Amongst those who have their hands on the levers of power Churchill is alone in unequivocally wanting to fight on and is the only one who is resolutely opposed to having any truck with Hitler.  It is true that the film depicts Churchill at one point  wavering over the idea of seeking terms with Hitler and Mussolini  (there is no solid historical evidence for this)i, but whether  this  wavering was genuine or not, in the film  Churchill, boosted by the success of the Dunkirk evacuation, soon changes his mind and returns to his belief that Britain must fight on because  Hitler cannot be trusted.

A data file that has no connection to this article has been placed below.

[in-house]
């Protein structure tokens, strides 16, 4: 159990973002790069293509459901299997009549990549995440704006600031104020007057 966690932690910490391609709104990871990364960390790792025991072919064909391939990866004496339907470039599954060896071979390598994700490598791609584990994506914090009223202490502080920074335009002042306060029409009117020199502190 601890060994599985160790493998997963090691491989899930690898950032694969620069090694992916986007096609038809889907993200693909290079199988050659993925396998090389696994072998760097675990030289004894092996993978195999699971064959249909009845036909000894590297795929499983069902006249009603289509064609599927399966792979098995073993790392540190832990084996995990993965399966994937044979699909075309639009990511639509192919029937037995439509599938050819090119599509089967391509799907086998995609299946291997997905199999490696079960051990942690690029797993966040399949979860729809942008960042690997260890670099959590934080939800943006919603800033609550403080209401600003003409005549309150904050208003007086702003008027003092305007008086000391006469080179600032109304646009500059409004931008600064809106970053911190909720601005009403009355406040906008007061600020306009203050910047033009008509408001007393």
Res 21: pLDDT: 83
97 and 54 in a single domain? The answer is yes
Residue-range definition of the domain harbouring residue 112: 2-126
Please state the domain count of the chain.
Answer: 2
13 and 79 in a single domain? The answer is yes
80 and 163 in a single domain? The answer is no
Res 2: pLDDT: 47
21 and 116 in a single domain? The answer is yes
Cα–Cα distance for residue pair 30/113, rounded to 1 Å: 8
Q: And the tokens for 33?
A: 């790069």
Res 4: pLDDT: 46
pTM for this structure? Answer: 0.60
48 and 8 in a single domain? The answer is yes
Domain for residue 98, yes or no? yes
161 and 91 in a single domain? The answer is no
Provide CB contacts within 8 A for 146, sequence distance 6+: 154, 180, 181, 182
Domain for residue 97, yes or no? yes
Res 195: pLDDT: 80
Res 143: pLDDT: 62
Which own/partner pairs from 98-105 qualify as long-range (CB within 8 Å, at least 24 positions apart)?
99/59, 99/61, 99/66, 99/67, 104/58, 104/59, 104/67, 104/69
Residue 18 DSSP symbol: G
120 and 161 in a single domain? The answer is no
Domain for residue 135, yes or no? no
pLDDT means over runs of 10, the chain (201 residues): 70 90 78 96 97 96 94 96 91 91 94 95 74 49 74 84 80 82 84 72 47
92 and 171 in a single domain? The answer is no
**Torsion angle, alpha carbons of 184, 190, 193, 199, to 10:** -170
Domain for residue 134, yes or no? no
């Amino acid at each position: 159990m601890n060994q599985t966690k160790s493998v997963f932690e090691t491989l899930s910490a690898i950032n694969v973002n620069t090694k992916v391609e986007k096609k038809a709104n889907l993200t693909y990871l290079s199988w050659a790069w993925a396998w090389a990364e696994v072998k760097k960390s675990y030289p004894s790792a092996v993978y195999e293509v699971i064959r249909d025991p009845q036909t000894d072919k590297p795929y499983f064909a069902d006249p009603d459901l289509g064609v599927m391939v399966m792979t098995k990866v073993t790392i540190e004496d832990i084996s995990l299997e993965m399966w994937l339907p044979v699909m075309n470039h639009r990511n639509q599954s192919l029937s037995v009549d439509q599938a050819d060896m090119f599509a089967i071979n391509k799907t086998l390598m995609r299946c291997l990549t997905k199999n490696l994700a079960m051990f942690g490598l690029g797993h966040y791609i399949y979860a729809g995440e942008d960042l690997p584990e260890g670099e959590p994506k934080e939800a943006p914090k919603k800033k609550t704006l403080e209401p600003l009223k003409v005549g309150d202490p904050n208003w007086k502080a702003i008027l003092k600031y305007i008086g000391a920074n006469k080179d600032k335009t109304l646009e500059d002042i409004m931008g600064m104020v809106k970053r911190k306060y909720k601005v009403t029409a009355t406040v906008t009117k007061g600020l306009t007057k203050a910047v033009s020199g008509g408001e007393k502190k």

Whatever the  emotional drivers  were which led Churchill to be implacably opposed to making peace with Hitler,   on purely rational grounds there were cast-iron reasons for taking such a  stand. Hitler had already shown by 1940 that treaties and promises made in speeches meant nothing to him. He had begun by moving into the Rhineland in 1934 despite this being forbidden by the Treaty of Versailes in 1919.  The Anschluss  which joined  Germany and Austria  occurred in 1938 despite this being forbidden by   the 1919 Treaty of Saint-Germain;  the Munich Agreement of 1938  which restricted Germany to the Sudetenland  was a dead letter after Hitler took possession of  all of Czechoslovakia  in 1939 and also in in 1939 Germany  overturned the 10-year non-aggression pact  between Germany and Poland signed in 1934 by invading Poland, an act which sounded  the starting gun for WW2. All of that happened before Churchill became PM.  In addition 1941  saw Germany break  the Molotov-Ribbentrop  Pact  ( signed in 1939)   by invading Russia.  The revisionist case that  Britain should have stood aside and allowed Hitler free rein  to attack Russia and thus retained both the Empire and global significance goes against all we know of Hitler’s mentality and actual behaviour . The best the UK could have hoped for was to be a vassal state of Nazi Germany and the worst would have been to be militarily occupied as Hitler broke whatever  Vichy-style  agreement he had made with the UK.